Sullivan v. Billey

Annotate this Case

256 S.E.2d 591 (1979)

Mary O. SULLIVAN and Gonzella L. Sullivan, Jr., etc. v. Ronald BILLEY.

No. 13941.

Supreme Court of Appeals of West Virginia.

July 17, 1979.

Wilson & Frame, Clark B. Frame, Morgantown, for appellants.

McNeer, Highland & McMunn, James E. McNeer, Clarksburg, for appellee.

PER CURIAM:

The question in this personal injury action is whether the trial court properly granted the defendant's motion for summary judgment on the ground that the pretrial deposition of plaintiff Mary O. Sullivan showed she was guilty of contributory negligence as a matter of law.

A truck driven by the defendant, Mr. Billey, struck Mrs. Sullivan as she was walking on a street after exiting from the street side of her delivery van. Mrs. Sullivan and her husband instituted this action for damages resulting from that accident. After the filing of Mrs. Sullivan's pretrial deposition, the court concluded that Mrs. Sullivan, by exiting from the street side of her vehicle, rather than from the sidewalk side, and by walking on the street, was negligent as a matter of law and that her negligence, under the doctrine of contributory negligence, barred all recovery. The court, therefore, granted Mr. Billey's motion for summary judgment. The Sullivans now appeal. Their principal contention is that the question of contributory negligence was one properly for the jury.

*592 We held in Poe v. Pittman, 150 W.Va. 179, 144 S.E.2d 671 (1965), syllabus point 1, that:

"In a personal injury action, issues involving primary negligence on the part of the defendants, contributory negligence on the part of the plaintiff, due care and proximate cause are proper for determination by the jury when the evidence pertaining to such issues is conflicting, involving credibility of witnesses, or where the evidence, though undisputed or without conflict, is such that reasonable men may properly draw different conclusions from it."

We have also held that it is the peculiar province of the jury to determine questions of negligence and contributory negligence when the evidence is conflicting, or when facts though undisputed, are such that reasonable men may draw different conclusions from them. Meadows v. Stickler, 144 W.Va. 644, 110 S.E.2d 380 (1959).

Mrs. Sullivan's deposition indicates that she was precluded from exiting from the sidewalk side of her delivery van because of its peculiar design and construction. The deposition also shows that Mrs. Sullivan looked before exiting from the vehicle and that while looking, she saw no traffic approaching for some distance down the street. Whether stepping onto the street in the situation confronting Mrs. Sullivan constituted negligence depends upon the interpretation placed upon the facts presented. Moreover, the fact that she looked and did not see the defendant's vehicle, had exited the van, and was walking beside it when struck raises a question as to the defendant's failure to keep a proper lookout, and because the facts presented are subject to differing interpretations, the question raised is one for a jury.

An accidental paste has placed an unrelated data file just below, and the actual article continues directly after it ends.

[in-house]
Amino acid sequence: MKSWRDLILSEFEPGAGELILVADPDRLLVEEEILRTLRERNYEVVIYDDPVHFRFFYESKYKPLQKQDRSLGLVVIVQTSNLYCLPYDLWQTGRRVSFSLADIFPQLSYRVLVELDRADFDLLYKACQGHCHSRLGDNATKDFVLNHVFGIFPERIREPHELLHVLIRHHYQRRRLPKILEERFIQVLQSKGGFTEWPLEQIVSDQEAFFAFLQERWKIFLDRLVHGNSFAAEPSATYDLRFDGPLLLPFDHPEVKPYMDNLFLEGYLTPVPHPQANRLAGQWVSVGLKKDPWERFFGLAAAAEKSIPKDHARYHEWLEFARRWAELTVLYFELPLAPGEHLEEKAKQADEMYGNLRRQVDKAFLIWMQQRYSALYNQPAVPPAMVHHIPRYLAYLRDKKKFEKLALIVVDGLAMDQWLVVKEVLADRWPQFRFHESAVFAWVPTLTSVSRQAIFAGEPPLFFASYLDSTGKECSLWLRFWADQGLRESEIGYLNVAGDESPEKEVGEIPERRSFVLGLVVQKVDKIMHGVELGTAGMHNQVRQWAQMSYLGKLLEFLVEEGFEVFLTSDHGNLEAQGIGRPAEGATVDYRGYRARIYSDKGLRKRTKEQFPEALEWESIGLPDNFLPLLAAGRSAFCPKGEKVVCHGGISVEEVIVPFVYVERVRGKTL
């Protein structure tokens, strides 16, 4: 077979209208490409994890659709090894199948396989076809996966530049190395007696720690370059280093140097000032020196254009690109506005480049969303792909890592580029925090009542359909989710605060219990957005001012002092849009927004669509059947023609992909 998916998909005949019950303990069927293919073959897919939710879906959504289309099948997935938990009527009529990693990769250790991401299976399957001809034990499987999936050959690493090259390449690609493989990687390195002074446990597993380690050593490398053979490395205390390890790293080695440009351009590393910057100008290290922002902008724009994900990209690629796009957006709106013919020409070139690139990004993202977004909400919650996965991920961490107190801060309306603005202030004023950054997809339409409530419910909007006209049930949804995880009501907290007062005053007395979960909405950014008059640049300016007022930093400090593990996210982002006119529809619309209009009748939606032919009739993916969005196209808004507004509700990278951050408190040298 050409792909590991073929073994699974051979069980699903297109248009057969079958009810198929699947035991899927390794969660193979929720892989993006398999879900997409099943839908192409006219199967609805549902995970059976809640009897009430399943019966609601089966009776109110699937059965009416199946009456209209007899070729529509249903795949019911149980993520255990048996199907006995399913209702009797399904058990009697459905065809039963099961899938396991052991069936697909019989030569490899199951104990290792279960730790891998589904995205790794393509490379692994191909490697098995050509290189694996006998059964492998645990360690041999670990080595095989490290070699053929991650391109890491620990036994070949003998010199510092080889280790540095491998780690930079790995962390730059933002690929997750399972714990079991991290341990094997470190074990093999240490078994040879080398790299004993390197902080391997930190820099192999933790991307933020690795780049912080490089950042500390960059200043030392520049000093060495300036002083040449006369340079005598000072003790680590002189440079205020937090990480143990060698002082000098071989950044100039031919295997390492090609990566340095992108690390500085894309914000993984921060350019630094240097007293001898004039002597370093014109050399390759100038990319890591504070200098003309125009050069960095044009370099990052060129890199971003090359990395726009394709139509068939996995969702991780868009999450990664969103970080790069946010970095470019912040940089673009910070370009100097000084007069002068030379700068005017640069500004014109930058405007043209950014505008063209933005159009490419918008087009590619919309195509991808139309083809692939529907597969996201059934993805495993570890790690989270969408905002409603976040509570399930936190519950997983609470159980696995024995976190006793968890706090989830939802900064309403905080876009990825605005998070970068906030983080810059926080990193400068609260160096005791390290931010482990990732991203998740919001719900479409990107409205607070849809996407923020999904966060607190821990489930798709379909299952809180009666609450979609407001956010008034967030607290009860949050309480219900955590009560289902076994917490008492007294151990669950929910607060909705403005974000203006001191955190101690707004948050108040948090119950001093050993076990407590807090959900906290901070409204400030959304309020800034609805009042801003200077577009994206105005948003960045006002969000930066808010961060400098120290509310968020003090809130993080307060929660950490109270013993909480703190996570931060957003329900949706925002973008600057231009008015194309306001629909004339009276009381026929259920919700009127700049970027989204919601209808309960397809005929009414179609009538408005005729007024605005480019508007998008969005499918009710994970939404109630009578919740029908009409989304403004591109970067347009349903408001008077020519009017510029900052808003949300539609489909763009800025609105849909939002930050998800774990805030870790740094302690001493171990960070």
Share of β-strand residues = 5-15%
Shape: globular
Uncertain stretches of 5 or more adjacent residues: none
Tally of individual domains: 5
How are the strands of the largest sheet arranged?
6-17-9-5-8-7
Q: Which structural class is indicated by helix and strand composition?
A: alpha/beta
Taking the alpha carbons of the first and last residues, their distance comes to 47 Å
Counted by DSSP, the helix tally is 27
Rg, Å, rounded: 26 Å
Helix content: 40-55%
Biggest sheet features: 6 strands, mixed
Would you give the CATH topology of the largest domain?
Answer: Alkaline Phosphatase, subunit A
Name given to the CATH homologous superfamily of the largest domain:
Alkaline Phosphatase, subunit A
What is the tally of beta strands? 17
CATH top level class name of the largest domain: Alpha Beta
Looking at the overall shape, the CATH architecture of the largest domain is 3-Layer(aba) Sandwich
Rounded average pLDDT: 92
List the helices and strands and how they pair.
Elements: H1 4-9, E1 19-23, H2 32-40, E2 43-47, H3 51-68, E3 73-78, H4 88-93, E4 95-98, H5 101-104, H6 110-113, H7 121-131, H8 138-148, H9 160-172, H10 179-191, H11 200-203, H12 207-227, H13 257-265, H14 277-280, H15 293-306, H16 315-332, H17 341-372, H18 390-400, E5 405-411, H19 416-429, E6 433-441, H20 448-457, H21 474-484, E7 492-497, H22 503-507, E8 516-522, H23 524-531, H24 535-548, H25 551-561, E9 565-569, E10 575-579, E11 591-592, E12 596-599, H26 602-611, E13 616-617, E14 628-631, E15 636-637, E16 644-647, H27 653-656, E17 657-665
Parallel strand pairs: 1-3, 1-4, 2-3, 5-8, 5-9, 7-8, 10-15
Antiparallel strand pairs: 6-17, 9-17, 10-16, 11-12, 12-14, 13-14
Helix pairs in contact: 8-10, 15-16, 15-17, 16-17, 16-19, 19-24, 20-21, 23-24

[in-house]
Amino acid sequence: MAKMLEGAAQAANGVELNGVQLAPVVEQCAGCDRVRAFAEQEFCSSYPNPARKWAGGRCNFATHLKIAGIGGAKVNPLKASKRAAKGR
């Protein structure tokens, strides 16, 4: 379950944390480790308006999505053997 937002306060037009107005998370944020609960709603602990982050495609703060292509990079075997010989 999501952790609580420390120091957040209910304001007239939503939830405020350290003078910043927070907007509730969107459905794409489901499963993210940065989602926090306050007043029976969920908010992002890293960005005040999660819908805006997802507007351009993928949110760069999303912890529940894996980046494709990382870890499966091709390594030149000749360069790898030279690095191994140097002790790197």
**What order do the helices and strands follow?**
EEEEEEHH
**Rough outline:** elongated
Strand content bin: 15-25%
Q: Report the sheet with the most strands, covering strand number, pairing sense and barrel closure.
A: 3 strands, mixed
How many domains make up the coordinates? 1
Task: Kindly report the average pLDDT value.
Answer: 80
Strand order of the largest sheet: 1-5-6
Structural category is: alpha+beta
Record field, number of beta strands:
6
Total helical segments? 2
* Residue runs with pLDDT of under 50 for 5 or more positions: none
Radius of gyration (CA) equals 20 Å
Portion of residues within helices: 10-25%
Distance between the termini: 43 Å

We note that after the filing of this appeal we announced our decision in the case of Bradley v. Appalachian Power Company, 256 S.E.2d 879 (1979). Syllabus point 3 of that decision said:

"A party is not barred from recovering damages in a tort action so long as his negligence or fault does not equal or exceed the combined negligence or fault of the other parties involved in the accident."

In Bradley we discussed the proper procedure for weighing of the fault of one party against that of another. Because the new rule of comparative negligence is fully retroactive, retrial of the Sullivans' case should be in accordance with the principles set forth in Bradley.

For the reasons stated above, the judgment of the Circuit Court of Harrison County is reversed, and this case is remanded for trial.

Reversed and remanded.